It is unlikely to be the work of anything supernatural however; both the ditch and 1913 discovery were found quite close to the Lutheran cemetery which was the original home of the grave. The cemetery was being turned into an area for residential use around 1913, and all bodies were due to be moved with their accompanying gravestones. It seems that little Misenheimer’s gravestone was unfortunate enough to be separated from its accompanying body.

The local genealogical society is hoping to pair up the mysterious headstone with the graves of whoever his parents were but, due to the lack of memorial care that the gravestone has received, some of it has proved difficult to read and no conclusive parents have been found yet. Hopefully the gravestone will find a better home, or perhaps in the next 100 years it may mysteriously appear in yet another place!

Image Credit: Phelyan Sanjoin (flickr.com)

How best to photograph a gravestone

   

 

 

 

 

 

 

 

 

Taking care of any family gravestones which have been left in your care is clearly an extremely important duty. We at AK Lander know that your relationship with the deceased does not end once a burial has taken place, and many people like to take fitting photographs of their loved ones’ memorials, in order to make sure they have another form of lasting tribute at hand. This is especially true if those in question live far away and are not able visit the graves they are responsible for looking after as often as they would like.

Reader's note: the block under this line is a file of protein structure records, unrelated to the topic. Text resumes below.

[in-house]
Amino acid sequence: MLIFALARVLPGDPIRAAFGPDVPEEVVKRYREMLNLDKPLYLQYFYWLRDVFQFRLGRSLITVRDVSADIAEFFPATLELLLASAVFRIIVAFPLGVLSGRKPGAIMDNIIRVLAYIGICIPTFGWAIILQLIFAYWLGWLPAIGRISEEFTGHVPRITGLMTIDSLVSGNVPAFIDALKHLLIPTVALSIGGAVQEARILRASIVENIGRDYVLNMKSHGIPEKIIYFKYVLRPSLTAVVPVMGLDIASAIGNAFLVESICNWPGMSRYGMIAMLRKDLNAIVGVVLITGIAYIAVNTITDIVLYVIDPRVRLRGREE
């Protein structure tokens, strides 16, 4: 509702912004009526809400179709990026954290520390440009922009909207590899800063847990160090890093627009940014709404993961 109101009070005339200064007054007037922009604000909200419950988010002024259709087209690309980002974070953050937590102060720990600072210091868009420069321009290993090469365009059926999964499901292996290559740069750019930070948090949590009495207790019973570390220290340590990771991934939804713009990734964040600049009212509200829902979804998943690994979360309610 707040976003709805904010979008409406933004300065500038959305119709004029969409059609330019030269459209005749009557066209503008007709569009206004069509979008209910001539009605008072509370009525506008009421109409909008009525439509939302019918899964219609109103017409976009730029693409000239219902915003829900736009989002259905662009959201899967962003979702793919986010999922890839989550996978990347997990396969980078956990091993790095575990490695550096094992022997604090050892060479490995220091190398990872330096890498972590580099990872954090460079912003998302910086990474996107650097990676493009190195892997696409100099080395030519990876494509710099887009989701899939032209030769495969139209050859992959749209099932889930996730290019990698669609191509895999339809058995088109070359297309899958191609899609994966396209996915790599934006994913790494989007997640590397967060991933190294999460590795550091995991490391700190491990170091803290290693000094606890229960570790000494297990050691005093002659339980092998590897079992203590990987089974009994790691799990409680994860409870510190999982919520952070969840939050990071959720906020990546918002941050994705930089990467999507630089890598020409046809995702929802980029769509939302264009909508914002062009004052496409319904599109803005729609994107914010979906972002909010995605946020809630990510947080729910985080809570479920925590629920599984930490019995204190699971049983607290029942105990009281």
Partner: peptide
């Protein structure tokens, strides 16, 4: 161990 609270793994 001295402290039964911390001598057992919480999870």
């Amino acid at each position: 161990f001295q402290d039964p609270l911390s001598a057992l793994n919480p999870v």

Perhaps the most vital thing you can remember when planning how best to capture a record of a gravestone through photographs is to demonstrate patience. Weather must be fine and light conditions appropriate in order for the perfect shot to be taken. If you do not wait for an opportune moment and instead compromise when it comes to either of these factors, your pictures will suffer accordingly. One of the most effective ways of improving the light in any memorial photo, incidentally, is to place a mirror – ideally a full-length, plastic one that is longer than the grave – close to the headstone in a way that reflects sun onto the carving.

It is also a good idea to take a number of pictures highlighting the grave from different aspects and angles. An image taking in the entire cemetery, for example, as well as ones which focus solely on your loved ones’ memorial, with another showing it centred around two or three others in the immediate vicinity, will add an important sense of context.

For more tips on memorial care and to purchase a high quality gravestone, pay a visit to AK Lander’s website or give us a call today. The priority for our experienced, expert team of professionals is to provide advice, assistance and support to our clients; going through us will guarantee that your headstone is durable, and that the service you receive is unparalleled in terms of dedication and sensitivity.

Image credit: Christopher Goodband (flickr.com)